Finally, we face the outrage of Belarusian people in the streets. The increase of resistance is enormous. Many people say that such an uprising was never seen before during the rule of Alexander Lukashenko. These three nights, probably all the world has seen crowds of people giving fight to the police special forces, using barricades, burning tires and Molotovs.
The police (or “militia” in Soviet-fashioned Belarus) reacts with great violence. Many people got seriously injured and there is one confirmed killed protester.
There is also the call for the General Strike issued by the opposition. How successful it will be is yet to be seen. But there are first confirmed reports of strikes at several State-owned enterprises today (August 12).
As it often happens in Eastern Europe, it was elections and electoral fraud that served as the starter for people’s unrest. However, deeper roots of the situation are long autocratic rule of the president, poverty, lack of prospects and opportunities. A big role in the current revolt is also played also by the inhuman policy of the government during the Coronavirus epidemic. Authorities decided to simply ignore it and made several scandalous statements. This ended up with a wave of infection and also a huge grassroots organizing of the society against the danger of the virus.
Of course, one of the first impressions in our minds is to compare the current protests to the Ukrainian Maidan. There are certain differences. First of all, in Belarus, there is no option yet to organize a sort of “camp of protesters,” a free zone, as the rear of the protest, which we saw from Kiev to Seattle. Militia and other “internal forces” are still much more violent and in control of the situation in comparison with Maidan.
Even more important is the lack of structured political forces of the opposition in Belarus. In Ukraine, we had plenty. The reason is de facto state monopoly on politics and continous repressions. In contrast with Ukraine, the real far-right is very marginal in Belarus. There are some “national democrats” who are actually close to right wing liberals, promoting “Western orientation,” “market economy” and national identity with emphasis on distancing from Russia.
The lack of political forces is the weakness from one point of view. However, at the same time, it opens space for more popular spontaneity and manuver, less dependence from the leaders of “alternative establishment.” And the most important of all — this situation leaves the door open for developement of new political forces and entities.
In this political landscape, anarchists are more visible than in Ukraine or Russia. In oppositional circles, they have the reputation of quite “hardcore” enemies of the regime who suffered very strong repressions, which is true, and also are always in the frontline of the resistance. The reverse of this image is that anarchists are seen more as eternal fighters, which can be a sort of “ram” of the changes, but then are supposed to give way to more conventional politicians.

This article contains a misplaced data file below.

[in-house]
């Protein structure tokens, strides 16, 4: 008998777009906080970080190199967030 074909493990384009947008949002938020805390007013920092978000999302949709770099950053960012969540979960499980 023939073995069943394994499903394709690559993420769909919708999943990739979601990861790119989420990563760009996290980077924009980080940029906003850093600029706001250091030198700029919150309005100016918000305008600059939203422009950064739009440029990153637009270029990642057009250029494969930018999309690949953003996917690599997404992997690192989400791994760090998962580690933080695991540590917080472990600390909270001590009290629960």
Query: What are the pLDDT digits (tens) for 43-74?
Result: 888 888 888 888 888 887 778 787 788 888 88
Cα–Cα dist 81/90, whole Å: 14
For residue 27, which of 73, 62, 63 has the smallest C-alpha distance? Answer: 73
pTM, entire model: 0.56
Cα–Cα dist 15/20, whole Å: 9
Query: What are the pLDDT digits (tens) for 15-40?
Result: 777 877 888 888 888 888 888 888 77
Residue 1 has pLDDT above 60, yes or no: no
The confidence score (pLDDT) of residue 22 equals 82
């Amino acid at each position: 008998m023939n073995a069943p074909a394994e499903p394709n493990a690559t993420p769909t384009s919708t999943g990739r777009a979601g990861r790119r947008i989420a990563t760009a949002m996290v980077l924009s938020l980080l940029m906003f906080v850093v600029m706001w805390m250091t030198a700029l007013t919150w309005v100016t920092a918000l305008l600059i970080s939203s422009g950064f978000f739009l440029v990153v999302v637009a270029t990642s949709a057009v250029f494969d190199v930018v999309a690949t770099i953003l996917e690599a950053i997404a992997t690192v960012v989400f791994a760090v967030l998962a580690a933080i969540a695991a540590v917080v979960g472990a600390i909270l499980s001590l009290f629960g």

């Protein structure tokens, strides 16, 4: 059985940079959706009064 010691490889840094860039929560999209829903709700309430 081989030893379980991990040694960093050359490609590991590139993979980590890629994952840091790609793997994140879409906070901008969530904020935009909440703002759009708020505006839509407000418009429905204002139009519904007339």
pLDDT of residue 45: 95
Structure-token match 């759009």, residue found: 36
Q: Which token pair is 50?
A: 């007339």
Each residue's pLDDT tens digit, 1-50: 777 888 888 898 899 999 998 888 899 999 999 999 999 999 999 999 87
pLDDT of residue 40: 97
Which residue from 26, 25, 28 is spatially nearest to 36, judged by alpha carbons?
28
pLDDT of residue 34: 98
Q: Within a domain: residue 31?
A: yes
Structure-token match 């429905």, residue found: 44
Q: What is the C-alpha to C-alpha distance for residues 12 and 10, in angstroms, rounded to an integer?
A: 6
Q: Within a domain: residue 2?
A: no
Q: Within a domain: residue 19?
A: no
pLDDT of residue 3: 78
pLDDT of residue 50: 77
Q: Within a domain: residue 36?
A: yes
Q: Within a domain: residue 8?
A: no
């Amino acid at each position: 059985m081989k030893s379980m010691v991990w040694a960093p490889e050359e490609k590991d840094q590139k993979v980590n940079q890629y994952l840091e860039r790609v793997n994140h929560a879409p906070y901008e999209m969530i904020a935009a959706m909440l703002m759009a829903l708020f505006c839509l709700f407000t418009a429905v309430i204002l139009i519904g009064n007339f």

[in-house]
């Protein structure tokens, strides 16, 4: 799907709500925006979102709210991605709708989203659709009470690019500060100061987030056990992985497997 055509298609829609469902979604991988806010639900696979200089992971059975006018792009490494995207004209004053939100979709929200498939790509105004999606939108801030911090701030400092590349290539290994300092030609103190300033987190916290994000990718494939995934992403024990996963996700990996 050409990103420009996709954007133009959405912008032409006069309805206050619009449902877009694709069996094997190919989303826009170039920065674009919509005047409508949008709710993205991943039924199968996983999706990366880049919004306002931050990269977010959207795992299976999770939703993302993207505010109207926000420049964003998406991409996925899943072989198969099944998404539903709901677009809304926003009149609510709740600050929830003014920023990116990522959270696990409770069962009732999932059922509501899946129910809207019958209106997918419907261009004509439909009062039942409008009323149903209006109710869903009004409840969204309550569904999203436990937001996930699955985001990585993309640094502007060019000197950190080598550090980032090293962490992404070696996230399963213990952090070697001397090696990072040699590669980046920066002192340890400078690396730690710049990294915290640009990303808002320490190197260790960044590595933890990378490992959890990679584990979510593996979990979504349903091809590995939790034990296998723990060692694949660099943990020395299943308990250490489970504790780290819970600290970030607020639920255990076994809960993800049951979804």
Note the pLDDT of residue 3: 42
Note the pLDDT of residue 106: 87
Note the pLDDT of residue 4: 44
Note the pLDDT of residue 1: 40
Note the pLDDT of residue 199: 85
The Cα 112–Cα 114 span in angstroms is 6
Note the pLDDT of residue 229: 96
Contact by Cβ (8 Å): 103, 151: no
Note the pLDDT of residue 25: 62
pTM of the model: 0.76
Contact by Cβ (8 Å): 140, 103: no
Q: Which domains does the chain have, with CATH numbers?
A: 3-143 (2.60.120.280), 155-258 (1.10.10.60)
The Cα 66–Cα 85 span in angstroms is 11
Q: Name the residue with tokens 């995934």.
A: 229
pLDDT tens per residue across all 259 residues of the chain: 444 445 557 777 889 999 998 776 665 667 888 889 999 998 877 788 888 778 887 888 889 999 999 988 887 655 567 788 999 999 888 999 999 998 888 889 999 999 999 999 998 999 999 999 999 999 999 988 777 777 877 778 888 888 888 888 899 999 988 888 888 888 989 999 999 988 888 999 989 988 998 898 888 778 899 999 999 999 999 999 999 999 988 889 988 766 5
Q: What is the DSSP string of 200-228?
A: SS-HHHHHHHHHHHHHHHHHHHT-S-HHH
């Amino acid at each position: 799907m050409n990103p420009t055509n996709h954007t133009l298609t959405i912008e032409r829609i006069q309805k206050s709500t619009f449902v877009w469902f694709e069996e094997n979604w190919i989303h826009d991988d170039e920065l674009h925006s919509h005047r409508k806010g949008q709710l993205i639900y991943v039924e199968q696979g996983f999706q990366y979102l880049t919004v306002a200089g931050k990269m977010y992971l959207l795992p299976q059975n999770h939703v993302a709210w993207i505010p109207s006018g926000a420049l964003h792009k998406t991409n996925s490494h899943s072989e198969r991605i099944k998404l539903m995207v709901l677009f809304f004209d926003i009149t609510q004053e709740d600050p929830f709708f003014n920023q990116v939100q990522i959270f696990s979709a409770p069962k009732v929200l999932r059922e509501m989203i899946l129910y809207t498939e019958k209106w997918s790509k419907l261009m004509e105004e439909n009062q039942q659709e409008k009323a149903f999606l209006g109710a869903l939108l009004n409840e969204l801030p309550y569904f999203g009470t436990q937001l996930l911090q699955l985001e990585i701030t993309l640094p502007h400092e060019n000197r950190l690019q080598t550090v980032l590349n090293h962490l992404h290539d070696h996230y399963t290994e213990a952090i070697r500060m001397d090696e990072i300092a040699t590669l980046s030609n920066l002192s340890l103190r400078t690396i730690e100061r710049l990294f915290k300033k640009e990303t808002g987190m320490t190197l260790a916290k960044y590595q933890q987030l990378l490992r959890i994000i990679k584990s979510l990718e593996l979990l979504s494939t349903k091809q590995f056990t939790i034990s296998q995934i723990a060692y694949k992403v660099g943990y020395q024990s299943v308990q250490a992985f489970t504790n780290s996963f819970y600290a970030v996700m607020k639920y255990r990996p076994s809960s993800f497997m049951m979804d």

For better understanding of current situation, it is also important to notice that several current oppositoinal candidates for presidency, Viktor Babariko and Valery Tsepkalo, are often suspected to be Putin proxies. This version looks quite realistic according to their background. Vikor Babriko, before his presidential campaign, was the head of a Russian-owned bank and Valery Tsepkalo, ex-diplomat in Lukashenko’s state apparatus, flew to Russia when it became dangerous for him to stay in Belarus.
From riot to revolution
Today the whole protest movement shows a very simplistic demand: resign of Lukashenko and new “honest” elections. It helps to maintain the superficial unity of the protesters. But surely, this situation cannot last long.
The specific of Belarus is state-ownership of the huge part of the economy. It is the basement for extracting wealth by state bureaucracy and capitalists close to the ruling clique.
It is highly predictable that once either pro-Western or pro-Russian politicians are in power they’ll try to launch large-scale privatization and transformation this merely State-capitalism into the one ruled by external actors, i.e, international monetary organizations and Russian business-elites.
In this context, the program and the call of revolutionary forces should be both clearly antiauthoritarian (Lukashenko MUST go) and also socially-concerned. We need to counter the ghost of privatization by promoting the turning of state-owned enterprises into municipal and collectively-ran ones, decentralization and democratization of different sphere of social life: self-defence, healthcare, education. At the same time, all social obligations for free access to different services monopolized by the state today should be promoted and developed.
To be short: if anarchists of Belarus will be able to play key and organizing roles in the development of the popular uprising (while all opposition leaders are clearly confused now), then they have several prospects. As a minimum, to present actively the anarchist movement and its message, to make it known broadly within the population. As a medium goal, to become significant political actors, which will influence the social developement of the new Belarus in terms mentioned in the previous paragraph, to take a foothold in infrastructure, media-sphere and society for rapid further political developement. As a maximum… who knows our real limits?